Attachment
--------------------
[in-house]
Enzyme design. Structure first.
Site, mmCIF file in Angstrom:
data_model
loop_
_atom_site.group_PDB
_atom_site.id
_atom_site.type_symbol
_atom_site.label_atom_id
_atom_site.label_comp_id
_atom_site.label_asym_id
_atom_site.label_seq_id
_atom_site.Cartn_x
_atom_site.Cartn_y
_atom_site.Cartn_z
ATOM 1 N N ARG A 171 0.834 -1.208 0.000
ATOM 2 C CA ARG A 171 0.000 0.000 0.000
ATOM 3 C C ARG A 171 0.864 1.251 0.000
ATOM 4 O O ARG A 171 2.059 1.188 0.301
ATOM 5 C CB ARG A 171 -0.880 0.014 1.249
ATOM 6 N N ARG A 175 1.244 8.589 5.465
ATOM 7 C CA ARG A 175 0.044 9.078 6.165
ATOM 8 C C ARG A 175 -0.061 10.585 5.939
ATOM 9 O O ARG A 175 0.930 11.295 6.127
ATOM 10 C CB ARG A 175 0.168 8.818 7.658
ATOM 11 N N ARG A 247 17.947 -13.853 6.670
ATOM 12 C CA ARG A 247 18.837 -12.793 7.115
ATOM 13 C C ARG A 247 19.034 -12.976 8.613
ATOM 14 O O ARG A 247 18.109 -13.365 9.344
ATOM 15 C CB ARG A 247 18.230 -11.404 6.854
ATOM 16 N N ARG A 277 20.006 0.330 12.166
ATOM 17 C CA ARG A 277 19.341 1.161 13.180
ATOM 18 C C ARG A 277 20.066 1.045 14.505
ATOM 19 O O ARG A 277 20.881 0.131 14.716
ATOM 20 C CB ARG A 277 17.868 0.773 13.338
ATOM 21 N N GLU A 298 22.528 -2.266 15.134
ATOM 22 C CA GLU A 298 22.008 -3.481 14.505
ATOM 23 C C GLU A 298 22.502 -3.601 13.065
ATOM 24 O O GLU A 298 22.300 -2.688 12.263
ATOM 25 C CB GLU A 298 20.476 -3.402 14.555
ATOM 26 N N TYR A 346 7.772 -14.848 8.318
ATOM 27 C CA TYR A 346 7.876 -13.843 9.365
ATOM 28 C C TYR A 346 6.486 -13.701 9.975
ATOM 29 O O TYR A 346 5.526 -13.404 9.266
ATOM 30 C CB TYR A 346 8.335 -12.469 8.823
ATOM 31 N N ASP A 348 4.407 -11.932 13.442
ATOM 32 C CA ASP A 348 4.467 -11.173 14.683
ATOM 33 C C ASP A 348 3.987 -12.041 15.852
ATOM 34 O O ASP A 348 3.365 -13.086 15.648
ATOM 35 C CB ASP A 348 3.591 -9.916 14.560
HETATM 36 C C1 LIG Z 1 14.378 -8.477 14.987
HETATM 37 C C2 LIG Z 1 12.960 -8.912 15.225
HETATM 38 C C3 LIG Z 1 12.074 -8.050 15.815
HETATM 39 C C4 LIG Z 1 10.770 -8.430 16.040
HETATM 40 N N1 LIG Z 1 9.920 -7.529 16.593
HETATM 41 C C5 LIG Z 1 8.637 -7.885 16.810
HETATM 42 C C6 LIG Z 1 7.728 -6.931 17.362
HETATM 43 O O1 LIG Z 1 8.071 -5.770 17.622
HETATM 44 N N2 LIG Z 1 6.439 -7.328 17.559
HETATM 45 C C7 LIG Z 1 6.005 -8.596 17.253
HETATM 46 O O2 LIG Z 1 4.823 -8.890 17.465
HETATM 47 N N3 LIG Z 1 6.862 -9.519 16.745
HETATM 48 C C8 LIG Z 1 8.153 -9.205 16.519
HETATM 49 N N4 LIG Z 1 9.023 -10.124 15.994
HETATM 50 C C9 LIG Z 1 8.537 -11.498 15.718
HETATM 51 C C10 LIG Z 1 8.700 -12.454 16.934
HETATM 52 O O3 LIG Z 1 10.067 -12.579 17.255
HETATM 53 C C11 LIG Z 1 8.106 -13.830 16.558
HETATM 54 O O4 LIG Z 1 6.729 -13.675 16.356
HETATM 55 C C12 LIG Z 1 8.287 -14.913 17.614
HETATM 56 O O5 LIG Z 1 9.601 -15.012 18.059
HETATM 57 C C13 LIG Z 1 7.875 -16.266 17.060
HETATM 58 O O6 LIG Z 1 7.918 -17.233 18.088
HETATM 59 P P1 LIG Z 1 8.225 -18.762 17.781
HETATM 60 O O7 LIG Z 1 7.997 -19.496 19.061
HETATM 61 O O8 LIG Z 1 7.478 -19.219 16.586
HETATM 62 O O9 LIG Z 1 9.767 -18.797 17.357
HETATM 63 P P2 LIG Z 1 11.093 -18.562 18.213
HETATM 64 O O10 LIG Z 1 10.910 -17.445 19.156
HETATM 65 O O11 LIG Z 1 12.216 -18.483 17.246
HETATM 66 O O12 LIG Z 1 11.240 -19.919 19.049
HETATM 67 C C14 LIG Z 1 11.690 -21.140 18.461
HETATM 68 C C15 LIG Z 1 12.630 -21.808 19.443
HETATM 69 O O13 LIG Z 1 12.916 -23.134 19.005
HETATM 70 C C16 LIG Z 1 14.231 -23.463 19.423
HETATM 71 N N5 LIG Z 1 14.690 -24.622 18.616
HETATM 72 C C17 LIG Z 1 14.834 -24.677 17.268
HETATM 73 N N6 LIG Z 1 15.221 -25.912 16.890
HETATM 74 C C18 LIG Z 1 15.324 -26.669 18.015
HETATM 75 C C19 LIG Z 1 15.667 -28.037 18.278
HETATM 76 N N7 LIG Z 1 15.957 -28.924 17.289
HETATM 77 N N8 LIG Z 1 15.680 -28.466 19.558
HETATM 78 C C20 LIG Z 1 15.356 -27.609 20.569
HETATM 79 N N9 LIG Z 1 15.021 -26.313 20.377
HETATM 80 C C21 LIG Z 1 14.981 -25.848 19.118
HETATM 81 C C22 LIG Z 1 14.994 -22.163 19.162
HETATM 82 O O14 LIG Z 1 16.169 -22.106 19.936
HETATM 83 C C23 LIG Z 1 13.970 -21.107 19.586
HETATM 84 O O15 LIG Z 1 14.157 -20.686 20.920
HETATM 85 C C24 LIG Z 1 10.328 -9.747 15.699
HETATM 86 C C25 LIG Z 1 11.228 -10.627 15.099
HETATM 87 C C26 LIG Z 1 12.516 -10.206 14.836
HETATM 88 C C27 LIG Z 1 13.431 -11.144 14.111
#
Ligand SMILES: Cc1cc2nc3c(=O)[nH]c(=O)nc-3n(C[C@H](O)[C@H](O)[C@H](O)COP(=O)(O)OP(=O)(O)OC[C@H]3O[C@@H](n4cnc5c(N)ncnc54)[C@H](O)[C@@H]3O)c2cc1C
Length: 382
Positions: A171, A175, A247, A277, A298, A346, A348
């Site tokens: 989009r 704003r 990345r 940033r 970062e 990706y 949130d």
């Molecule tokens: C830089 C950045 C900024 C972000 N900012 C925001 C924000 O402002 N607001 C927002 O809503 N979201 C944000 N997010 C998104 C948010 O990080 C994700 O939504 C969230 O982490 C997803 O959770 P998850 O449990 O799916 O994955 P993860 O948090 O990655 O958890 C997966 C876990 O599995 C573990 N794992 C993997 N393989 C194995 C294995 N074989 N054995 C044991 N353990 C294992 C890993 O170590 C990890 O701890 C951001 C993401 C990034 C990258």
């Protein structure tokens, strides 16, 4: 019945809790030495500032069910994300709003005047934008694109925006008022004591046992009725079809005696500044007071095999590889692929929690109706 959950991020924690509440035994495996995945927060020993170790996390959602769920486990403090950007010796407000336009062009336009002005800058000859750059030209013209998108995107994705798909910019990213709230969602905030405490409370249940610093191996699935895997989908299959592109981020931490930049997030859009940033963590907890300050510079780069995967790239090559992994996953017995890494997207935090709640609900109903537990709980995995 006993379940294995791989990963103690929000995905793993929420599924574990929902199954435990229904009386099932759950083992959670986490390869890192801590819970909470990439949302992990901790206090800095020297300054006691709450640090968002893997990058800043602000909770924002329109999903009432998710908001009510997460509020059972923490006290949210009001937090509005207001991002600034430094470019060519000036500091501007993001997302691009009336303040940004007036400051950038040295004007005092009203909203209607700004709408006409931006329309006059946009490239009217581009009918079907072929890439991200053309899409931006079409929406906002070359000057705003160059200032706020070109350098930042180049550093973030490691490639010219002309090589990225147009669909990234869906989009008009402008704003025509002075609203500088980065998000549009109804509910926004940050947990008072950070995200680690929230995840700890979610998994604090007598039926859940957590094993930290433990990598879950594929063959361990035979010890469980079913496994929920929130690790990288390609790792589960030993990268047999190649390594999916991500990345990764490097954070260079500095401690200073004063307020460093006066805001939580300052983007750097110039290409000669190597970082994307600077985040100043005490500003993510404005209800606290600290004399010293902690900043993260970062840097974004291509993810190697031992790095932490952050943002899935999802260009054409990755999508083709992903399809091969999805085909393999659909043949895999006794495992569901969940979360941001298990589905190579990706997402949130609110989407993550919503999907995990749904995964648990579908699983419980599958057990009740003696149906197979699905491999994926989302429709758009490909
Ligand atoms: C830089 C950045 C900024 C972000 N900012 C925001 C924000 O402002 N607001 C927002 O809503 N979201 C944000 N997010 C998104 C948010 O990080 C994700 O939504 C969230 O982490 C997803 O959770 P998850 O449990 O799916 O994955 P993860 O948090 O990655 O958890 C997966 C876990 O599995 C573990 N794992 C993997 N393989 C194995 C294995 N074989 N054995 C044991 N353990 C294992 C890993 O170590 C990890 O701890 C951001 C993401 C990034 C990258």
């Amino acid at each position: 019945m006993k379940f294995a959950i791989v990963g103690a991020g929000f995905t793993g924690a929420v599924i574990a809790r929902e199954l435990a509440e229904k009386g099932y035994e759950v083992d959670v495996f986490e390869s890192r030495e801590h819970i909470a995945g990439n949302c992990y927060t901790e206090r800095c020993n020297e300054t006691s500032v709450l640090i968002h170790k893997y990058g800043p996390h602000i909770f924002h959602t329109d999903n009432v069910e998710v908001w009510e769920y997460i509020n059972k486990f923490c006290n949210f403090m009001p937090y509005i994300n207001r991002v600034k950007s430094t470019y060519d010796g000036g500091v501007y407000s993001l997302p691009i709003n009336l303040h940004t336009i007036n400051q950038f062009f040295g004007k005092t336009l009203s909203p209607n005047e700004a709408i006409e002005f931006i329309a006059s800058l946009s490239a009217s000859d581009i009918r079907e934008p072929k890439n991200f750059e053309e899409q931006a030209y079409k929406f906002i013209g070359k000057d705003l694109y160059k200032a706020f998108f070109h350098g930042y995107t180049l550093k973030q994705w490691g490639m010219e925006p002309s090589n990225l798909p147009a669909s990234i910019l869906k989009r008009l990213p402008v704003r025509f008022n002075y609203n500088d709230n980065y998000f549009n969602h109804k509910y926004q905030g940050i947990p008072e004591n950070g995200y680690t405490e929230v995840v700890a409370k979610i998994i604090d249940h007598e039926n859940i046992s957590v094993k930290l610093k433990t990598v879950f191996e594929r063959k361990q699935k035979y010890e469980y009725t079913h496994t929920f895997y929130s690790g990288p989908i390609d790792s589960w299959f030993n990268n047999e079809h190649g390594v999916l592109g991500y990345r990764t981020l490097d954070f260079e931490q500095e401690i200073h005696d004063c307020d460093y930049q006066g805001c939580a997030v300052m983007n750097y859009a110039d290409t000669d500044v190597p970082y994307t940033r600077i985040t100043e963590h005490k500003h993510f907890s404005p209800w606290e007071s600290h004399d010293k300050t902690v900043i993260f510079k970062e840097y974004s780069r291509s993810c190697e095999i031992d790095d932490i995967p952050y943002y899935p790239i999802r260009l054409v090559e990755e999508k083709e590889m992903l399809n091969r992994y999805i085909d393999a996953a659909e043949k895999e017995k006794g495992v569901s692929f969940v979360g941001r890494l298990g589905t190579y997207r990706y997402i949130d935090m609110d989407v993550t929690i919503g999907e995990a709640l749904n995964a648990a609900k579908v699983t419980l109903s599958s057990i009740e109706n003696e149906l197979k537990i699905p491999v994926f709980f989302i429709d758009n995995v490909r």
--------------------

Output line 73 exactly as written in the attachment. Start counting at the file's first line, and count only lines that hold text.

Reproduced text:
HETATM 58 O O6 LIG Z 1 7.918 -17.233 18.088